- Convention facility meeting rooms and public and private assembly rooms within a convention facility that is not leased or operated by the state or local governing authority while used for private functions. Individuals under age 18 are prohibited from attending or working as an employee during the function.
- Common work areas, conference rooms, meeting rooms and private offices in private places of employment, other than medical facilities that open to the general public by appointment only. However, smoking is still prohibited in any public reception area of such place of employment.
- Private clubs, military officer clubs and noncommissioned officer clubs.
- Private residences are exempt from the general rule that smoking is prohibited except when used as a licensed child care, adult daycare or healthcare facility
What are the penalties?
- A person smoking in violation of the law will be guilty of a misdemeanor and fined not less than $100 and not more than $500. A business that allows smoking in violation of the law can be fined through the process of injunctive relief where the amount of the fine will be determined by the court.
Complaints/ Violation Reporting:
Cobb & Douglas Public Health strives to maintain a healthy community. Please report any smoking complaints by visiting the following link and completing the form Georgia Smokefree Air Act of 2005 – Complaint Form | Georgia Department of Public Health. Anonymous complaints will not be accepted or investigated. The identity of the complainant shall remain confidential.
Georgia Controlled Substances Act:
Georgia law states that possession of marijuana and THC, including in vape pens, can result in a felony charge. If your vape has any kind of substance containing THC in it (oil, wax, etc.), you can be arrested for felony possession of drugs under Georgia’s drug statutes. Even if there is just a small amount of residue in it, it is usually enough for the charge. Georgia law states that any marijuana that has been altered from its state in plant form is a felony offense no matter the weight.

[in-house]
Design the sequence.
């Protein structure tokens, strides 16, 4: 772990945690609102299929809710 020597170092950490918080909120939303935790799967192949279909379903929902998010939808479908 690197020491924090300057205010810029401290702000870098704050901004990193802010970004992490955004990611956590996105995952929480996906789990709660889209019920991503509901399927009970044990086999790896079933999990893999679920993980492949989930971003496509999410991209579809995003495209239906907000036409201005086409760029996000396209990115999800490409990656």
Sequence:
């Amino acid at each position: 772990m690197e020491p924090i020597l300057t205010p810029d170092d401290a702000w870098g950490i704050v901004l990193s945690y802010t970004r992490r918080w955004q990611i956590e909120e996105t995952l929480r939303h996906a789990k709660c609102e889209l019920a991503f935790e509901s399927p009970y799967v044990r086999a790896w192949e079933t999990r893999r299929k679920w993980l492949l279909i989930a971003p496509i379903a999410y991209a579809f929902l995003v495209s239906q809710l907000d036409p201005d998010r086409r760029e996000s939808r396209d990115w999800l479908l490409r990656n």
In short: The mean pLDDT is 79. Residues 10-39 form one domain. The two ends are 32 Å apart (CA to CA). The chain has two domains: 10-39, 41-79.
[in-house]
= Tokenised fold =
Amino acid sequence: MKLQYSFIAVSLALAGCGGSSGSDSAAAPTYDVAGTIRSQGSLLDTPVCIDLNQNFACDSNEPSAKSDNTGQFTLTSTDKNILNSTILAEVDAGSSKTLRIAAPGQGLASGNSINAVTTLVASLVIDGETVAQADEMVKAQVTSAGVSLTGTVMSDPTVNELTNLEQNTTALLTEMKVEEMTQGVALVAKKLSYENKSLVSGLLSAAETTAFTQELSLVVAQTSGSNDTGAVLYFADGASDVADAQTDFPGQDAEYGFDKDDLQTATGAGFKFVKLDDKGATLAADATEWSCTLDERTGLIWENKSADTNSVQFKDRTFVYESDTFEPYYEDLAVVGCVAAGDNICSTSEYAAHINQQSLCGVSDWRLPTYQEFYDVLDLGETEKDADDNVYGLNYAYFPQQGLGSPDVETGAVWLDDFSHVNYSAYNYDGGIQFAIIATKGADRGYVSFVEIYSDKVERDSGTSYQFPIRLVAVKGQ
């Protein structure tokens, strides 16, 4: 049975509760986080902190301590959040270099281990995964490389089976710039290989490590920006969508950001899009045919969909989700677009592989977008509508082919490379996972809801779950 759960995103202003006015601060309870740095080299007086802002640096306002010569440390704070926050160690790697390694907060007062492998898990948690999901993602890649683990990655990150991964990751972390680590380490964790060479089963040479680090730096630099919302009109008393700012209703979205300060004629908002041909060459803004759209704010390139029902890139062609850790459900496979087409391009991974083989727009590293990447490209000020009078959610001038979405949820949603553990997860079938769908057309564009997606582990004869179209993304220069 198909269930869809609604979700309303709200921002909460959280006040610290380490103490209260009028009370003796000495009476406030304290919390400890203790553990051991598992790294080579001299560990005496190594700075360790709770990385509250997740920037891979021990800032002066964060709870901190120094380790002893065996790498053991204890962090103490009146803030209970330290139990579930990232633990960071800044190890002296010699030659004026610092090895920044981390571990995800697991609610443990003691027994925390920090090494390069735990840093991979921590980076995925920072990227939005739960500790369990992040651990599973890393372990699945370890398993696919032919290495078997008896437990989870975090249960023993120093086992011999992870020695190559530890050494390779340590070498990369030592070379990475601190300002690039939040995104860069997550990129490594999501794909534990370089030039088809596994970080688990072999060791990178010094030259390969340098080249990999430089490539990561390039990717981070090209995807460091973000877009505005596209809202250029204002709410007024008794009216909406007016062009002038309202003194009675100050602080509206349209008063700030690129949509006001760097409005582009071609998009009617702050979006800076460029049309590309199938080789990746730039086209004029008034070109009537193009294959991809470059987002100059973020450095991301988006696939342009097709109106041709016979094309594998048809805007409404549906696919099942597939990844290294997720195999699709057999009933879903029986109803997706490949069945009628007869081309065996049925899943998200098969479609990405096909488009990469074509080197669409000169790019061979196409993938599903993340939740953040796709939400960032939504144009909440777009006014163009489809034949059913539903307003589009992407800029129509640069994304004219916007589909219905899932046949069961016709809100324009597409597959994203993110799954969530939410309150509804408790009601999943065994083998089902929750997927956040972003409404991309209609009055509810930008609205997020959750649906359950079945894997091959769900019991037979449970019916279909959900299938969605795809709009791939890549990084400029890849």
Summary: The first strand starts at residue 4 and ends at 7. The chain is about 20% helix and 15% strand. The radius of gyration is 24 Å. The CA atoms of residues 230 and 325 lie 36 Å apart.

Georgia Tobacco 21 Law (T21):
As of July 22, 2020, the sell or barter, directly or indirectly, any cigarettes, tobacco products, tobacco related objects, alternative nicotine products, or vapor products to anyone under the age of 21 years is illegal in Georgia.
There has been an alarming increase in the use of tobacco products, e-cigarettes and flavored delivery systems among youth and young adults. Almost 1 of every 5 high school students in Georgia are current tobacco users of cigarettes, hookah, cigars, smokeless tobacco, or electronic cigarettes (Youth Risk Behavior Survey, 2019). As a licensed tobacco retailer, you play an important role ensuring the success of reducing access and use of tobacco products by complying with the Tobacco 21 law.
Retailers are responsible for upholding the law. Compliance checks are conducted and enforced on a continuous basis to ensure retailers are following federal and state Tobacco 21 laws that prohibit the sale of all tobacco products. Failure to comply with the Tobacco 21 law will result in a misdemeanor.
- Retailer must display Tobacco 21 signage in clearly visible locations
- Use a state-issued driver’s license, military ID, and passport to verify individuals’ age
- Train all staff on the following steps for every tobacco sale
- Ask for valid ID from everyone attempting to purchase tobacco products
- Check ID to make sure everyone is 21 years and older
- Refuse to sell tobacco products to everyone under 21
Your Questions Answered about the GA Tobacco 21 Law.